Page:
Monday, October 22 , 2018, 11:38 pm | Fair 59º

 
 
 
 

Gerald Carpenter: John Malkovich Stars in Killer Role in ‘The Infernal Comedy’

UCSB Arts & Lectures performance is one night only Monday at The Granada

John Malkovich stars as the suave Austrian serial killer Jack Unterweger in the West Coast premiere of The Infernal Comedy: Confessions of a Serial Killer, part of UCSB Arts & Lectures’ fall lineup.

Soprano Laura Aikin plays a victim of Austrian serial killer Jack Unterweger (John Malkovich) in 'The Infernal Comedy: Confessions of a Serial Killer,' on Monday at The Granada.
Soprano Laura Aikin plays a victim of Austrian serial killer Jack Unterweger (John Malkovich) in The Infernal Comedy: Confessions of a Serial Killer, on Monday at The Granada.

The show is written and directed by Michael Sturminger, with music direction and concept by Martin Haselböck, music director of the ensemble Musica Angelica.

Billed as “a stage play for Baroque orchestra, two sopranos and an actor,” the show will play in Santa Barbara one night only, at 8 p.m. Monday at The Granada, 1214 State St.

If you want to believe in the possibility of rehabilitation, Unterweger’s story is a nightmare. In 1974, he was convicted of murdering a German girl, whom he had strangled with her own bra, and sentenced to life in prison (in Austria “life” means 25 years, with 15 years to parole). He was a model prisoner, to all appearance a thoroughly repentant and reformed character. He wrote short stories, poems, plays and an autobiography, Fegefeuer –- eine Reise ins Zuchthaus (Purgatory—a trip to prison), the last of which was the basis for The Infernal Comedy.

So exemplary an inmate was Unterweger that Austrian intellectuals, including 2004 Nobel Prize winner Elfriede Jelinek, petitioned the government to pardon him. (I might add that when the Nobel committee voted to award the literature prize to Jelinek, two of its members resigned in protest.) Their petition was unsuccessful.

In 1991, Unterweger, having served the requisite 15 years, was released on parole. He was now a celebrity, and hosted television programs that discussed criminal rehabilitation. (The Infernal Comedy sets Unterweger’s story in the context of a book tour.) He also resumed his career as a murderer almost immediately, killing six Austrian prostitutes in his first year out, plus a probable three more in Los Angeles, where he was sent — if you can believe it — by an Austrian magazine, to write about the different attitudes about prostitution in the United States and Austria.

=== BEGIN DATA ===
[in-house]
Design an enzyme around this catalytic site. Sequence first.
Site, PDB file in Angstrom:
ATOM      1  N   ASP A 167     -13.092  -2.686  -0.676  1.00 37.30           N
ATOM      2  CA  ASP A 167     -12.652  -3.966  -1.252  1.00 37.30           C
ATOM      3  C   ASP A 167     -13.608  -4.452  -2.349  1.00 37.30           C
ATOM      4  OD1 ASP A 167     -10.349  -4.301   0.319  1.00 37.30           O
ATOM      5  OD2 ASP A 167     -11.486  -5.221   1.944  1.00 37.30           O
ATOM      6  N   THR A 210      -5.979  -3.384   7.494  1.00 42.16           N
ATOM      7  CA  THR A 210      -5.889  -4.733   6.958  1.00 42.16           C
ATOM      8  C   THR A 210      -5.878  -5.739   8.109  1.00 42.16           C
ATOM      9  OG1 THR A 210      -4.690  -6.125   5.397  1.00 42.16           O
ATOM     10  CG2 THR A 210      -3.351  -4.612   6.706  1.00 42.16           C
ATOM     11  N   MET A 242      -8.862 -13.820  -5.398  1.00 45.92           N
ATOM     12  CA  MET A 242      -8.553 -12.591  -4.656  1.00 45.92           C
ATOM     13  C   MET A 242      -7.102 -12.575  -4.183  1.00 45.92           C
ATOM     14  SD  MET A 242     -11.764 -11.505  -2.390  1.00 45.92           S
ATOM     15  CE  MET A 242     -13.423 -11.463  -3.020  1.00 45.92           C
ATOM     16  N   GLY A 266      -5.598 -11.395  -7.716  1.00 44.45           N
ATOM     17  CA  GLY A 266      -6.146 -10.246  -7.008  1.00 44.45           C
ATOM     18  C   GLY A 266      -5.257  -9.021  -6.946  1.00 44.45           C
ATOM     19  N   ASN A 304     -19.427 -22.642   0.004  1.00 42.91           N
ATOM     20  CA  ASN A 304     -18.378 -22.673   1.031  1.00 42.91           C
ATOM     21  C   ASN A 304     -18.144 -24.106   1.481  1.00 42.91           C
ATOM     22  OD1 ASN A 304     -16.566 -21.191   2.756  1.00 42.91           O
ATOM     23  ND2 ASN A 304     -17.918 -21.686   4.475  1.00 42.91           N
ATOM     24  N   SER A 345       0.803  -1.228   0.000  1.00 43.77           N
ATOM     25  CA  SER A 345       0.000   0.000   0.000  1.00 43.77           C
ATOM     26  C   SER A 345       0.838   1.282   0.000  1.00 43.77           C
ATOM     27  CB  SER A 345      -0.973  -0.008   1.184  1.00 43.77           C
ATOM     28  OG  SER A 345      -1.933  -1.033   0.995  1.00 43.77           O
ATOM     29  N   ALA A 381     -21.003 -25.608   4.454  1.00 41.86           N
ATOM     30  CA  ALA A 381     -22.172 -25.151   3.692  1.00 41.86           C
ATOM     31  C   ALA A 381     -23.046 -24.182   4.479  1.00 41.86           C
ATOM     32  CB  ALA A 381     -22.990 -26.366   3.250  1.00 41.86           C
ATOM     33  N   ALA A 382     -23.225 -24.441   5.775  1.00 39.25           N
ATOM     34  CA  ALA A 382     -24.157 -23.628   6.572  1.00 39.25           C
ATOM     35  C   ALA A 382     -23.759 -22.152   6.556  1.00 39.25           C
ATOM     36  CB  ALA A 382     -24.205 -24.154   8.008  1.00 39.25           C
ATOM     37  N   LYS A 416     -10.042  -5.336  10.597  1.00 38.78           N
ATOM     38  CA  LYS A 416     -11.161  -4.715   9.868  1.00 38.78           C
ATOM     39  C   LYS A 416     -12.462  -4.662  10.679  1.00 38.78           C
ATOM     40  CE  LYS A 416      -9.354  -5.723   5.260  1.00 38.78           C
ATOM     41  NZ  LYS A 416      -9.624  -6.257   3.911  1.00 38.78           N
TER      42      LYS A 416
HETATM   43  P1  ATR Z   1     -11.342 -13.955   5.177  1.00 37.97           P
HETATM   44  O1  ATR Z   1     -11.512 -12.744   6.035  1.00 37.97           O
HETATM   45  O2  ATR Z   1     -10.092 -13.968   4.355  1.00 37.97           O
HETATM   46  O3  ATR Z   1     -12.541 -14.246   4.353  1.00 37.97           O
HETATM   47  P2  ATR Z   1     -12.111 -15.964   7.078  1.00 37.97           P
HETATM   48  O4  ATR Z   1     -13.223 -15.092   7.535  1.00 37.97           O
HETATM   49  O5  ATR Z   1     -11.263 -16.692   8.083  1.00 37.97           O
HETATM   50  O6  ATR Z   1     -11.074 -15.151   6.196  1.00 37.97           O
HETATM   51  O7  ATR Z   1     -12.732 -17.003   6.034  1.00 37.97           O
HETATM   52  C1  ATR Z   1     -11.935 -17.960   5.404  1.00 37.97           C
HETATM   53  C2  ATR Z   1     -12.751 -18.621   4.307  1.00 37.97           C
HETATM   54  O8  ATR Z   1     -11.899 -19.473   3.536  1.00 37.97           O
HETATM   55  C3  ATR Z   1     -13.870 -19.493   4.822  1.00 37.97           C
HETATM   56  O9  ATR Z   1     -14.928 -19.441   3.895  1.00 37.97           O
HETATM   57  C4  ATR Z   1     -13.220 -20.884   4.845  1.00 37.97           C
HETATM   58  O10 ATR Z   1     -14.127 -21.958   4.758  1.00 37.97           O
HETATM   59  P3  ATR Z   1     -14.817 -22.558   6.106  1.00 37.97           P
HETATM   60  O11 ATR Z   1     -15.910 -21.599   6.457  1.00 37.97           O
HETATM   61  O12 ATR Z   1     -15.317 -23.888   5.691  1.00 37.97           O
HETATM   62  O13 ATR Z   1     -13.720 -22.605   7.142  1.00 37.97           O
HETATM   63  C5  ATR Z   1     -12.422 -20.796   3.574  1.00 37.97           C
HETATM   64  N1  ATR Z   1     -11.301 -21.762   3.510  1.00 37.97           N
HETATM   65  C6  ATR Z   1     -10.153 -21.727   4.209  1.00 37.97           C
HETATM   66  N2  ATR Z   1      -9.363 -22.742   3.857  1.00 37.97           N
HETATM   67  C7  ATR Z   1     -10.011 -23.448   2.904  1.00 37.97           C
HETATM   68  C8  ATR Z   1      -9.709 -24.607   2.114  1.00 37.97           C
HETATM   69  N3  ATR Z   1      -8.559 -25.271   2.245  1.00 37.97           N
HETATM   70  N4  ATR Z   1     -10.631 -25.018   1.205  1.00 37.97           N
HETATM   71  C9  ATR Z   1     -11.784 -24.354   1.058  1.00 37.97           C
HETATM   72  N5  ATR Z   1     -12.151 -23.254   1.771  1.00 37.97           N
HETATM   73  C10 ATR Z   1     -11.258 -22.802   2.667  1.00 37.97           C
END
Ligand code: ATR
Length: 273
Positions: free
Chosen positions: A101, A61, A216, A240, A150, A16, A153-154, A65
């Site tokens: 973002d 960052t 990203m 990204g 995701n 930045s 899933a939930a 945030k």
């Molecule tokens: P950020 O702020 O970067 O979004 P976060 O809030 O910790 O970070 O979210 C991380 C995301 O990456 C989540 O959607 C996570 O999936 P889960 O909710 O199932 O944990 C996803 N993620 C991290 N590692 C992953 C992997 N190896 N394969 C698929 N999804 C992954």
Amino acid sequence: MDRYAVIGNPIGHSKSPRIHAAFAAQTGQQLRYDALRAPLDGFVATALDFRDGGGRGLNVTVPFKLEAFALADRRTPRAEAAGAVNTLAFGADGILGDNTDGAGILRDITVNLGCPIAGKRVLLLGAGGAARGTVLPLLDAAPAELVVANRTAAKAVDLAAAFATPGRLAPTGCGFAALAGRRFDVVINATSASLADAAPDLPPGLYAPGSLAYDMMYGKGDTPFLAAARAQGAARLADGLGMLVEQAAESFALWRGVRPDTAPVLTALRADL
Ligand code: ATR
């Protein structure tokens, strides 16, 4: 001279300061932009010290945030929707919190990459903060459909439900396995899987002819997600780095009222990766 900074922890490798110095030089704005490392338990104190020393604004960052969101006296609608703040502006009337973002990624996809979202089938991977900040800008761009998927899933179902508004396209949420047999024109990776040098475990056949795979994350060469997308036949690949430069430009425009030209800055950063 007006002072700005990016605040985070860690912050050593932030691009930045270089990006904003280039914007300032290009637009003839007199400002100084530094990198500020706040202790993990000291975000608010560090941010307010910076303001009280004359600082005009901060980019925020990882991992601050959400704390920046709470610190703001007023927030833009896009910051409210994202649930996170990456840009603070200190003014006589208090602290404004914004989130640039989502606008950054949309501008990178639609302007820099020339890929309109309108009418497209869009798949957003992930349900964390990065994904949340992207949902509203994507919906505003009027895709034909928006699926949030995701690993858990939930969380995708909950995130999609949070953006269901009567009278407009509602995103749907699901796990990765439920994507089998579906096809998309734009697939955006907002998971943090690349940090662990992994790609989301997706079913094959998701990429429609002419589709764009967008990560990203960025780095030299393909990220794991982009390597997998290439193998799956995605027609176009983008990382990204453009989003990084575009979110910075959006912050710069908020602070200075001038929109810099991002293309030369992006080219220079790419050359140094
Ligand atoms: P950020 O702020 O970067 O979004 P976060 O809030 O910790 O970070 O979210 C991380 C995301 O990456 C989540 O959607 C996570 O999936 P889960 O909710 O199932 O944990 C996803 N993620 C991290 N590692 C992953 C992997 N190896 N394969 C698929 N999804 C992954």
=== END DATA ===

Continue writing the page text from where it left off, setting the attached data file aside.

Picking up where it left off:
In 1992, he was arrested by the Austrian police and charged with 11 murders. A jury convicted him of nine of the killings, and he was sentenced to life without parole. That same evening, he hanged himself in his cell. Because he died before he could appeal his convictions, he remains officially innocent under Austrian law.

Set to the music of Beethoven, Haydn, Mozart and others, performed by the esteemed Santa Monica baroque ensemble, Musica Angelica, the play tells its bizarre, macabre story through monologues and arias. It is essentially a one character show, with guest victims.

Before seeing it, just about the only thing that doesn’t baffle me about The Infernal Comedy is the choice of Malkovich to play Unterweger. I’m sure it will be witty and entertaining. I’m sure the music will be beautiful, and exquisitely performed. I’m sure that Malkovich will be spell-binding. But, why ...?

Tickets are $43, $58, $78 and $153 (general public); $28 (UCSB students with valid ID). Click here to purchase tickets online, or call UCSB Arts & Lectures at 805.893.3535.

Click here to purchase tickets online through The Granada, or call 805.899.2222.

— Gerald Carpenter covers the arts as a Noozhawk contributing writer. He can be reached at .(JavaScript must be enabled to view this email address).

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